August 21, 2014
The Immigration Law Clinic did not slow down this summer. Students Rebecca Caporale (3L), Richard Paikoff (3L), and Chelsea Tibbs (3L) were able to work with clients on a wide range of legal matters. The work provided the students the opportunity to work closely and frequently with clients as well as to conduct extensive research, and prepare filings for submission to USCIS and the Immigration Court in San Francisco. The range of case work included completing complex naturalization cases; responding to requests for evidence on legal issues; preparing U visa applications; preparing both affirmative and defensive asylum applications; preparing an application for adjustment of status through the Cuban Adjustment Act; researching the viability of a motion to reopen a closed Amnesty application; and preparing applications for family unification with waivers of inadmissibility.
Even with this full case load, the clinic students continued outreach in the community including three visits to local county jails to consult with and explain legal rights and options to detained noncitizens in removal proceedings. In addition, the Clinic also travelled to Corning California to assist in a DACA renewal fair with USCIS and Northern Valley Catholic Social Services.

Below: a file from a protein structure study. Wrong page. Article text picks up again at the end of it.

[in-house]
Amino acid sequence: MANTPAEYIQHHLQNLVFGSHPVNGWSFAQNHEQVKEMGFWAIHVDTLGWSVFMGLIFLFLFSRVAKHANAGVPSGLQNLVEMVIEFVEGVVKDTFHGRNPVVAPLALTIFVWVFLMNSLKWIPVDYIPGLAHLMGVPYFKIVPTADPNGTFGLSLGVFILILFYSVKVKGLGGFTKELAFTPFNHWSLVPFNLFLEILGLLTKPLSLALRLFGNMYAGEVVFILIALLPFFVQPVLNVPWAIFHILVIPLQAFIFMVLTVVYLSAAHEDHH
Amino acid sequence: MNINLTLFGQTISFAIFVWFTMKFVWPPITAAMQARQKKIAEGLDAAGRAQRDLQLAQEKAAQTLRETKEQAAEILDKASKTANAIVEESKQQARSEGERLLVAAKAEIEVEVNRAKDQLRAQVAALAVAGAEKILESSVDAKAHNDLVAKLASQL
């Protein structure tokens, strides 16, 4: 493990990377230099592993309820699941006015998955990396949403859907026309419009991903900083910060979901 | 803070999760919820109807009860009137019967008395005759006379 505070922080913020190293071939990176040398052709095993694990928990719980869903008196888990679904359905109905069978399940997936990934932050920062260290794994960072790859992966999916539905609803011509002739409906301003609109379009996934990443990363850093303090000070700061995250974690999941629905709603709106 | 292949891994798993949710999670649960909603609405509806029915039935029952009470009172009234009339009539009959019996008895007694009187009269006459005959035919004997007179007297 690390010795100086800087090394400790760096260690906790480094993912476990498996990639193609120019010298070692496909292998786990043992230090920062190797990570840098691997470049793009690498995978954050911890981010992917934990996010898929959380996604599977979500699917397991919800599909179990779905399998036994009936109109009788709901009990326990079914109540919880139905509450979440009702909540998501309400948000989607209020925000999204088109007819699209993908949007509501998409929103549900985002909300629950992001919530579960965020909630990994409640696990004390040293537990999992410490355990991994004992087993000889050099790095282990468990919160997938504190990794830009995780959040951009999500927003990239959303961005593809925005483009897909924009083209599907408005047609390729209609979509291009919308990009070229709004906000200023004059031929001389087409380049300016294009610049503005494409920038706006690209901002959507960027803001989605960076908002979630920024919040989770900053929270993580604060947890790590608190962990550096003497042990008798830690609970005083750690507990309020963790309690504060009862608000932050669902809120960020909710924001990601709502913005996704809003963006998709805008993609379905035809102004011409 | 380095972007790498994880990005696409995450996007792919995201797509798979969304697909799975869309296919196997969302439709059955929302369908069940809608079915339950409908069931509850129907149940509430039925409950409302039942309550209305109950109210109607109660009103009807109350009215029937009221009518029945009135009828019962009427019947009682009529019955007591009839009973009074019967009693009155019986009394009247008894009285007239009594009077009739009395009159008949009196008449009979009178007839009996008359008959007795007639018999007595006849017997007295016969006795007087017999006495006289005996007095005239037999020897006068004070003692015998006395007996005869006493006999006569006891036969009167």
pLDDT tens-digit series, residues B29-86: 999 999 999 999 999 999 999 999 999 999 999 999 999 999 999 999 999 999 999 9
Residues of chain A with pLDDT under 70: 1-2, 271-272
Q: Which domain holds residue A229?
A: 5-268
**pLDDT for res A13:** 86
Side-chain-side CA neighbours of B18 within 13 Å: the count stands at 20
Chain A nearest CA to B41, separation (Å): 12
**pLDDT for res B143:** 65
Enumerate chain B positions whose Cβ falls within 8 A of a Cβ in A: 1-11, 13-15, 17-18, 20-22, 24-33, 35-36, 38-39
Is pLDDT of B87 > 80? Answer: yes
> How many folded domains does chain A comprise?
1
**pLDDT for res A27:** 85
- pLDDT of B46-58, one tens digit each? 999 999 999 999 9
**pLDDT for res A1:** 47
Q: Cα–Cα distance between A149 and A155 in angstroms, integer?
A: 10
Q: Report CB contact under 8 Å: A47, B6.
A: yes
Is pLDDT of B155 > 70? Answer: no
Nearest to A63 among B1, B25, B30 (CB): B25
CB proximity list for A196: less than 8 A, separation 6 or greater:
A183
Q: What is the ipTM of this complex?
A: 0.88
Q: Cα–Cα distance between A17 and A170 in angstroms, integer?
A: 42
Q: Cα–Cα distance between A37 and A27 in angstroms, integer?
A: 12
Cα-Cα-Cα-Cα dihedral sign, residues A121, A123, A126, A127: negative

This summer the Immigration Clinic also received good news on several clients' cases that were initiated in past academic year(s). Particularly rewarding was obtaining deferred action for a woman suffering from a life threatening illness who had no means to support herself. Her lack of status previously prevented her from obtaining access to the services she needed including a home. The deferred action status will allow her to receive financial aid and better medical care. This case was initially begun by clinic alum Regia Arajuo, '12.